UK: Muslim leaders accuse Labour Party head Starmer of 'gravely' misrepresenting meeting in Wales

UK: Muslim leaders accuse Labour Party head Starmer of 'gravely' misrepresenting meeting in Wales
The South Wales Islamic Centre issued an apology for the 'hurt and confusion' caused by hosting the Labour leader following his controversial pro-Israel comments, as further outrage ensues over Labour leadership actions
4 min read
26 October, 2023
Keir Starmer met with Muslim MPs as tensions reignited over 'pro-Israel' stance [Getty]

The leader of the UK opposition Labour Party Keir Starmer has garnered a backlash within his party after he was accused of "gravely misrepresenting" a meeting with Muslim leaders in Wales.

Starmer visited the South Wales Islamic Centre on Sunday and later took to X, formerly Twitter, to describe his sit down with members of the Welsh Muslim community.

"I repeated our calls for all hostages to be released, more humanitarian aid to enter Gaza, for the water and power to be switched back on, and a renewed focus on the two-state solution," Starmer said. 

However, following his remarks, a Tuesday statement was issued by the South Wales Islamic Centre via the Muslim Council Wales social media page on X to express their "dismay" over Starmer's account of the meeting. 

"We wish to stress Keir Starmer’s social media post and images gravely misrepresented our congregants and the nature of the visit," the statement said.

"We affirm, unequivocally, the need for a free Palestine. We implore all those with political authority to uphold international law, and the end to the occupation of Palestine."

The statement also mentioned what had occurred during Sunday's meeting.

"There was a robust and frank conversation which reflected the sentiments Muslim communities are feeling at this time," the statement added.

"Members of the community directly challenged Keir on his statements made on the Israeli government's right to cut food, electricity and water to Gaza, warranting war crimes as well as his failure to call for an immediate ceasefire."

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The statement came after Starmer faced scrutiny by progressive leaders following his interview with LBC News, where he argued that Israel had the "right" to cut off water and electricity in the besieged Gaza Strip

However, he later redacted his statement by claiming that he meant that Israel had the right to defend itself. 

Growing tension within the Labour Party has led to 20 Labour councillors quitting Labour in solidarity with Palestine, while other MPs have since criticised the party's leadership’s stance on Gaza.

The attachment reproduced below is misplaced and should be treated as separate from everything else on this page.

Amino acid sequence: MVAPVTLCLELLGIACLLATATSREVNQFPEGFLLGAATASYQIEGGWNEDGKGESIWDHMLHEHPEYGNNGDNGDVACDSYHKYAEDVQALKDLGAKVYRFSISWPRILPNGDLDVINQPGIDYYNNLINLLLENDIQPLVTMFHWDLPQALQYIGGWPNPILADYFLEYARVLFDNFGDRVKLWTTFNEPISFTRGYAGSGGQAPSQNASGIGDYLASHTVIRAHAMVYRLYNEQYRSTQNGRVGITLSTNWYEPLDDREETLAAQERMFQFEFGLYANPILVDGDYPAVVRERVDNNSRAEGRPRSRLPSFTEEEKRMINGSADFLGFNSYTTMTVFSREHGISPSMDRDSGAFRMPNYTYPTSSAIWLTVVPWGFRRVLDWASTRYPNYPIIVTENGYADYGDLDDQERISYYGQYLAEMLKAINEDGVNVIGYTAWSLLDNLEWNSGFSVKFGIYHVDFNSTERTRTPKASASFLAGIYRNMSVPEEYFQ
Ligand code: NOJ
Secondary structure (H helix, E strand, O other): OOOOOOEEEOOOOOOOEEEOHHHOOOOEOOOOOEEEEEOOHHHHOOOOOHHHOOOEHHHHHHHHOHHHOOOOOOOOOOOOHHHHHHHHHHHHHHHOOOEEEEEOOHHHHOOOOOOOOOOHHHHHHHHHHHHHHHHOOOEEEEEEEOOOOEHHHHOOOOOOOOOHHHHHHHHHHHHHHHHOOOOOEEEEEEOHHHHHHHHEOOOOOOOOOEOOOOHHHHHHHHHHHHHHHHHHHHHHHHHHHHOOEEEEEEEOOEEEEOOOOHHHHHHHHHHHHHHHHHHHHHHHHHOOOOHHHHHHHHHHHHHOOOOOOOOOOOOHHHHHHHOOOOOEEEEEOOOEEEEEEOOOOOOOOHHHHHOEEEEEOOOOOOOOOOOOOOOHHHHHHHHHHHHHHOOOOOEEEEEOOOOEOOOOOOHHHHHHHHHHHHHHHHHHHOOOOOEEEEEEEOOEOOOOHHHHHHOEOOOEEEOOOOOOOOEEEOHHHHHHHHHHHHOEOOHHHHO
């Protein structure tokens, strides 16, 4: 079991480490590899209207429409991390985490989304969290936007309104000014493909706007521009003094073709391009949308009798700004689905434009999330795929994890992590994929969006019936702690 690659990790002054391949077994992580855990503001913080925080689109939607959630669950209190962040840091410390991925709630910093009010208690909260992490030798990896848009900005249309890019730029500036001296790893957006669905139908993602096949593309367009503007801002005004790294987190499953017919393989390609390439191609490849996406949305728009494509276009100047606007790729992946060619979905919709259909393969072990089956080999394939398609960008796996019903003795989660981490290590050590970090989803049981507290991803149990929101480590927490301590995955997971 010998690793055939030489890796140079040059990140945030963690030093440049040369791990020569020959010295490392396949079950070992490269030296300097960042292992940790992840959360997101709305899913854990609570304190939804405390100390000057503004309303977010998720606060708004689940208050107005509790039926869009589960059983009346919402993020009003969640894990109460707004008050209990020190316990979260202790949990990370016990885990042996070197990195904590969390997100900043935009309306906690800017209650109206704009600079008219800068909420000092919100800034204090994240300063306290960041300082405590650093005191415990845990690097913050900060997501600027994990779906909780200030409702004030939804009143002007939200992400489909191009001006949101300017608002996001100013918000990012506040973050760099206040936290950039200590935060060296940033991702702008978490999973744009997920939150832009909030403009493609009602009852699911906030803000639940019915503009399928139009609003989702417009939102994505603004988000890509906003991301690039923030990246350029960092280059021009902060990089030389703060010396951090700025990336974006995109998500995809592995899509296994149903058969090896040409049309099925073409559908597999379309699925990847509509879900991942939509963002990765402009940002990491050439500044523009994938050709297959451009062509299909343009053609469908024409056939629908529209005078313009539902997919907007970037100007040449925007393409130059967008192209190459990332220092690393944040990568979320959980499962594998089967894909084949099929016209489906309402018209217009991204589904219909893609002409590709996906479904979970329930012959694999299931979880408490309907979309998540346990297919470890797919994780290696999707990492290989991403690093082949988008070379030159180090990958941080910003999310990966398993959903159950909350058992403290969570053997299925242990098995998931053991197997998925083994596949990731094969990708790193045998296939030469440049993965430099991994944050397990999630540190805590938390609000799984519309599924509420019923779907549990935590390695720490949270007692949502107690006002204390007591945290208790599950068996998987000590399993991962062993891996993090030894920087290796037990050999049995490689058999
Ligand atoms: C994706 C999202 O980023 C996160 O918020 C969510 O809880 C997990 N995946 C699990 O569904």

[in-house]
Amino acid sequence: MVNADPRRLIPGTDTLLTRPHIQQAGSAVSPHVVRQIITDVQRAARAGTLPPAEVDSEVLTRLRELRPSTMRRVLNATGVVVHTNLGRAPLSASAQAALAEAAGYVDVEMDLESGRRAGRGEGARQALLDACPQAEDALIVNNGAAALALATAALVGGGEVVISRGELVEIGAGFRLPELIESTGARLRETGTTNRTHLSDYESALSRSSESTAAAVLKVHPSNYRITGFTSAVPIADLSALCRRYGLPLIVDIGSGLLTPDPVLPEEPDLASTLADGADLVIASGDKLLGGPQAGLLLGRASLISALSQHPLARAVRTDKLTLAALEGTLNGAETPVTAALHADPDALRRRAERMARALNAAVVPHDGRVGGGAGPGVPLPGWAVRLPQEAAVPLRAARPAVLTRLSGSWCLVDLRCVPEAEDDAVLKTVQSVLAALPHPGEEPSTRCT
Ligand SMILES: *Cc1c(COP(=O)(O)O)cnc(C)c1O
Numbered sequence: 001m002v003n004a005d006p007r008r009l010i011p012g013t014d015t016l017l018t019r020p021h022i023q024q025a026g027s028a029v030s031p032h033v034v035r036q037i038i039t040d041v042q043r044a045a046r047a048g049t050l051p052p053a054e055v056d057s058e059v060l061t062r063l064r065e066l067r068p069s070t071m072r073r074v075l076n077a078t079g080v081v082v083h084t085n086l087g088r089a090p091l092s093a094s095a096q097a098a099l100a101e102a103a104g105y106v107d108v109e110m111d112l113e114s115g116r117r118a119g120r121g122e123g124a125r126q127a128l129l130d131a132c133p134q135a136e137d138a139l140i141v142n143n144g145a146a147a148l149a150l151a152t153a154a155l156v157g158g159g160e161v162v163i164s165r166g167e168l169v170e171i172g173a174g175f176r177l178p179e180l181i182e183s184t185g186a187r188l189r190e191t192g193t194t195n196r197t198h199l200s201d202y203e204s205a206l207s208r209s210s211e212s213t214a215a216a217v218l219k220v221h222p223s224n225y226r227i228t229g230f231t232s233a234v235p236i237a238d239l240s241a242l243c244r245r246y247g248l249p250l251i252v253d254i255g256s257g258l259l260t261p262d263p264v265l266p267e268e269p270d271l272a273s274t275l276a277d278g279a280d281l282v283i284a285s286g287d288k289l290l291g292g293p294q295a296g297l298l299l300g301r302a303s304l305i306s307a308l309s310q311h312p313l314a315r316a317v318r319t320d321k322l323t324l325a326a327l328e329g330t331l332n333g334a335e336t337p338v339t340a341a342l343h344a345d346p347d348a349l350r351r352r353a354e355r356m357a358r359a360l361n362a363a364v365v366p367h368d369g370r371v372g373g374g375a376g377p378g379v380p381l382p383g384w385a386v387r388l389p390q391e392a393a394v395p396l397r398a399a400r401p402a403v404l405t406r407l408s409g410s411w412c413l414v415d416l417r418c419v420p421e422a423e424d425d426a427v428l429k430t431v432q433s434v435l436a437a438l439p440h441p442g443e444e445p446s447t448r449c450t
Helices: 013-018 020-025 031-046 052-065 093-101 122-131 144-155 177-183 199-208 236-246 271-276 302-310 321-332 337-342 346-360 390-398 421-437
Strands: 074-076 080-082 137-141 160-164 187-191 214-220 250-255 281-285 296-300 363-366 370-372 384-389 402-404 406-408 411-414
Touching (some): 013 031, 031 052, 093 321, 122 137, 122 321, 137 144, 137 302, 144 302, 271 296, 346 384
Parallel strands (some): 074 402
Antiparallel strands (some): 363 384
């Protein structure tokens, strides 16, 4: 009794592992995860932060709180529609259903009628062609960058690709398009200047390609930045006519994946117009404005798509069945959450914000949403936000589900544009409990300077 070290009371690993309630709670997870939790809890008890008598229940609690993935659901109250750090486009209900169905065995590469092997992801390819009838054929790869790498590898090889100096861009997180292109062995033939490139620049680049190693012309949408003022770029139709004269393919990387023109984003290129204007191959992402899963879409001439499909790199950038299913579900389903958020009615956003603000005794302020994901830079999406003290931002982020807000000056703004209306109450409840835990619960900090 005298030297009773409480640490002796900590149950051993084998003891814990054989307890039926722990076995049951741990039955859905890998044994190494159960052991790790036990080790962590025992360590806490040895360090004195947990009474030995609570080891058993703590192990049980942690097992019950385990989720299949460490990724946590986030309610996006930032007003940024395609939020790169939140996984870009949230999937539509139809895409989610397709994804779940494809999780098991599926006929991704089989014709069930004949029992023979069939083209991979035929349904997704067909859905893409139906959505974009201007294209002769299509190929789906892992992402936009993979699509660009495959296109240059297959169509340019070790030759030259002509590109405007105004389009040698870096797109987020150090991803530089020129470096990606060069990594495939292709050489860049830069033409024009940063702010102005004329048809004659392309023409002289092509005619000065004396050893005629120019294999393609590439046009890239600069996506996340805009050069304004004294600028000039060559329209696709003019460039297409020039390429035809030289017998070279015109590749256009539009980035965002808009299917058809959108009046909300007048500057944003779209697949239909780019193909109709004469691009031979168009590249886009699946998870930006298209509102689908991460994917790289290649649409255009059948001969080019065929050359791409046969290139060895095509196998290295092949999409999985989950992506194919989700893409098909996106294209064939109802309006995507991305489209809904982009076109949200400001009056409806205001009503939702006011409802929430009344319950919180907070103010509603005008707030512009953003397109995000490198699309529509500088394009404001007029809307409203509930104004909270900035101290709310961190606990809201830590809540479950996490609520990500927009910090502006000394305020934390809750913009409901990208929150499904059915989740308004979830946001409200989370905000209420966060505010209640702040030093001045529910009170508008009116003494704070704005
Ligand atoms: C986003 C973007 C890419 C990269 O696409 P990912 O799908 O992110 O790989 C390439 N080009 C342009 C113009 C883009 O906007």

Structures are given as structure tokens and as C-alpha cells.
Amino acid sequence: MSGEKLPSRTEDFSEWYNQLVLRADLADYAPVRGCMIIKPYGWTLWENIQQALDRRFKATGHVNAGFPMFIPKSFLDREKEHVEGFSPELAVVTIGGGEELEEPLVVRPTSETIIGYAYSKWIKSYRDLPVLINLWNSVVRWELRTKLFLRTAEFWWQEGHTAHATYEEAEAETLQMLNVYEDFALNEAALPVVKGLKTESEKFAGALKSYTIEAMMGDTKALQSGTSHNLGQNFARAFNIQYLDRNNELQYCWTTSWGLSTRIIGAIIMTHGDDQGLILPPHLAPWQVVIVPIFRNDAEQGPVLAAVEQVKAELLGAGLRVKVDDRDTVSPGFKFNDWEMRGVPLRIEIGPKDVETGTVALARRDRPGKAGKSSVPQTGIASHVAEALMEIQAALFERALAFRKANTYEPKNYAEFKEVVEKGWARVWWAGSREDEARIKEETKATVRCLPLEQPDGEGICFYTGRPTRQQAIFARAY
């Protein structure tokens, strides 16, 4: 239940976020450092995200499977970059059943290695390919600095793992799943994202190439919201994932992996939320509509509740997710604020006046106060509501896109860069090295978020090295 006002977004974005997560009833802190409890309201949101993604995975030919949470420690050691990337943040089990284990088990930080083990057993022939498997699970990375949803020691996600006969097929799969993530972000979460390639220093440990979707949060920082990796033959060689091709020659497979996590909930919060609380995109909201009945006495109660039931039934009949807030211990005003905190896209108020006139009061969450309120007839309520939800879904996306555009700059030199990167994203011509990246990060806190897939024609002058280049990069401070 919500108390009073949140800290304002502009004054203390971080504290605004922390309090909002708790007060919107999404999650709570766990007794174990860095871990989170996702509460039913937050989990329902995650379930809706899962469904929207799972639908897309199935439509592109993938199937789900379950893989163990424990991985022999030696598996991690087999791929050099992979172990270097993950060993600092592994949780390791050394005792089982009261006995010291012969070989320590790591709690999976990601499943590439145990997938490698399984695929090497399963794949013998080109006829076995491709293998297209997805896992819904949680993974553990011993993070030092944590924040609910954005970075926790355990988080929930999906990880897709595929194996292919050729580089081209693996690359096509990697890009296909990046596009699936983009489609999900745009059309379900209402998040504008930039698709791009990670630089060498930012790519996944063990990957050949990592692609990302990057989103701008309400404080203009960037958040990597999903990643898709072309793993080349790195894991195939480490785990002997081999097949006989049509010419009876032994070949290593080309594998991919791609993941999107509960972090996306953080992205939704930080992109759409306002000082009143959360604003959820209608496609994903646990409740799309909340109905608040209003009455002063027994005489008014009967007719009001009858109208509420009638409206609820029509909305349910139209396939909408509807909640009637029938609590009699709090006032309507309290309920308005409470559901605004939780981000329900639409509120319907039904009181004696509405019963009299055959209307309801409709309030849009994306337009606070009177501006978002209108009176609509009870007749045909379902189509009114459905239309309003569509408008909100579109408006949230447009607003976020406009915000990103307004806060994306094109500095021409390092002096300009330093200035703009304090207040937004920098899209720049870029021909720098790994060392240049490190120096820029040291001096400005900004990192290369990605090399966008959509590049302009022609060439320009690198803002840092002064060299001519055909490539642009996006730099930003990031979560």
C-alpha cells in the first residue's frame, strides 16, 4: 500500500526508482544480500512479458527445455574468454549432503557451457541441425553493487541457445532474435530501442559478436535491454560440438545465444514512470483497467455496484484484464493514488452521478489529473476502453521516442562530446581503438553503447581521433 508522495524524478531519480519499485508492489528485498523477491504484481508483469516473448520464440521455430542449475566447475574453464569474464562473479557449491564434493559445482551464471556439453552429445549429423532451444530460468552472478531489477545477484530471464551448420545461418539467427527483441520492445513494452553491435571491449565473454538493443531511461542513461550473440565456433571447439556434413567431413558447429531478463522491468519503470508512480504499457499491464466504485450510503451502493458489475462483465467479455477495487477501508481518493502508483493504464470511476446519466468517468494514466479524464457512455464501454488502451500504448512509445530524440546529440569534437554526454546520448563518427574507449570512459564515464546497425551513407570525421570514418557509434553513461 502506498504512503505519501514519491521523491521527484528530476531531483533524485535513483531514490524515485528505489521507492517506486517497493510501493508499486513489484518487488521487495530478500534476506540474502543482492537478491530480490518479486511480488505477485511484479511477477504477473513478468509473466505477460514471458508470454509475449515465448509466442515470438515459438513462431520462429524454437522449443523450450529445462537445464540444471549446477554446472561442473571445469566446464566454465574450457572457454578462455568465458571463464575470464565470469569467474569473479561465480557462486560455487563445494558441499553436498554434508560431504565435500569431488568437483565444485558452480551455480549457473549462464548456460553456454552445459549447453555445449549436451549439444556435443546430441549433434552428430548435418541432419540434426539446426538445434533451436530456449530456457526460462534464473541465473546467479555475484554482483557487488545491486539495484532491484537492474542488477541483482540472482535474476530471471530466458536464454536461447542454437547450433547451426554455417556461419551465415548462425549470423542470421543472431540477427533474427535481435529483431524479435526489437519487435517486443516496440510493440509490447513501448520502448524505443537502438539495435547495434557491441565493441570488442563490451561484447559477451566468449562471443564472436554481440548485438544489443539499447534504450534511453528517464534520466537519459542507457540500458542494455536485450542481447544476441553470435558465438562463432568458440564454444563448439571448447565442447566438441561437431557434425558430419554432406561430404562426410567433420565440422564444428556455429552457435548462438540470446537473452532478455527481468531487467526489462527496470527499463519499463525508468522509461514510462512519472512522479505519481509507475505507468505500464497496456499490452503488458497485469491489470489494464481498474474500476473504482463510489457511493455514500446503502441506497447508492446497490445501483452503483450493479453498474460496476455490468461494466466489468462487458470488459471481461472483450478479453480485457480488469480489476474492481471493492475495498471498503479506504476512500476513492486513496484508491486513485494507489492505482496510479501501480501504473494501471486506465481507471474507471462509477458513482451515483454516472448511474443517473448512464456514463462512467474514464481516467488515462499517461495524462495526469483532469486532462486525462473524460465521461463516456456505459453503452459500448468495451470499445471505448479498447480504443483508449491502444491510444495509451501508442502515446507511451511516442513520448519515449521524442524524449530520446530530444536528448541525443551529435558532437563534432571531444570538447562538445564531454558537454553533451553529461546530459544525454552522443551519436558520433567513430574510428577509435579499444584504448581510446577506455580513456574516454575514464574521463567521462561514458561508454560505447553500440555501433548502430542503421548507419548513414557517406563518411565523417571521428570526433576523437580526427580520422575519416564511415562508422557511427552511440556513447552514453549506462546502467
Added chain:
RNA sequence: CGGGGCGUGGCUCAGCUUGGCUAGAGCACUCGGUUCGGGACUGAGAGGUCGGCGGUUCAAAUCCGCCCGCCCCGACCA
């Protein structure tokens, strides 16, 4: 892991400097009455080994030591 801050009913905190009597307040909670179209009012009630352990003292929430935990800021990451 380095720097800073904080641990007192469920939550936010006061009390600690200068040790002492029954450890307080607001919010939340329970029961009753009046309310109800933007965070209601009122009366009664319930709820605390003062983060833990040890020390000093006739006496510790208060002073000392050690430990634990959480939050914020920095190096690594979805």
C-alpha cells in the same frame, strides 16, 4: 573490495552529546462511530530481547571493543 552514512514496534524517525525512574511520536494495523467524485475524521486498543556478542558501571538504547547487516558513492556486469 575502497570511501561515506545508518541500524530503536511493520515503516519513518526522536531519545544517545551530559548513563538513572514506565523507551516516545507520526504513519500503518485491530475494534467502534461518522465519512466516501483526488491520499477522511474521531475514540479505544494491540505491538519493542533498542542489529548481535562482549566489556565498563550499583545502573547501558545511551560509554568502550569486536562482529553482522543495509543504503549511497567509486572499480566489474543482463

On Wednesday, more than 150 Muslim Labour councillors signed a letter to urge the Party’s leadership to call for an immediate ceasefire in Gaza in order to protect the lives of civilians and allow access to humanitarian aid. 

More than 30 Labour MPs, along with former Labour leader Jeremy Corby who sits as an independent MP, have called for a ceasefire

The letters’ release coincided with Starmer’s meeting with Muslim MPs in the wake of the ongoing controversies, where his spokesperson told Sky News that the leader "recognises this is a very difficult time for a lot of people [and] there is a strong feeling on all sides."

The spokesperson added that Starmer "thinks it is right to sit down and hear views". 

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However, unnamed sources disclosed to news outlets The Tribune and Sky News on what Starmer allegedly said during the meeting. 

This included claims that "the party leader did not apologise for his comments made on LBC News", as well other testimonies of another Labour MP who stated that the meeting felt "tokenistic and has made matters worse".

The Tribune journalist Taj Ali added that it was alleged that "Starmer told one Muslim Labour MP that the party are waiting for the US to call for a ceasefire before they endorse such a position."

The New Arab has reached out to the Labour Muslim Network for comment.

Councillor Amna Abdullatif, who recently resigned from the Labour Party after ten years and currently sits as an independent, spoke to The New Arab about the recent disputes in the party. 

She said that the Labour's stance on Israel-Palestine had "caused deep harm to our communities” and those "who believe in justice and the humanity of all people".

Abdullatif and other Labour have been angered by Starmer's stance on the Gaza war including what appeared to be his defence of Israel withholding food, water, and electricity from Gazans. 

"As we sit here today, the death toll in Palestine is nearing 6,000 with over 2,000 of those being children, and yet the Conservatives nor the Labour Party can bring themselves to call for an immediate ceasefire," she said. 

Abdullatif added that the ongoing events have "hurt so much", saying that "Muslims in a vast majority have always found their home in the Labour Party.

"We vote predominantly for Labour and many of us have spent a lot of time in the party fighting for it. And what we've had in return is shameful as our support is massively taken for granted," she said. 

"I hope that for those who remain in the party that change can happen, but as it stands, that seems very unlikely."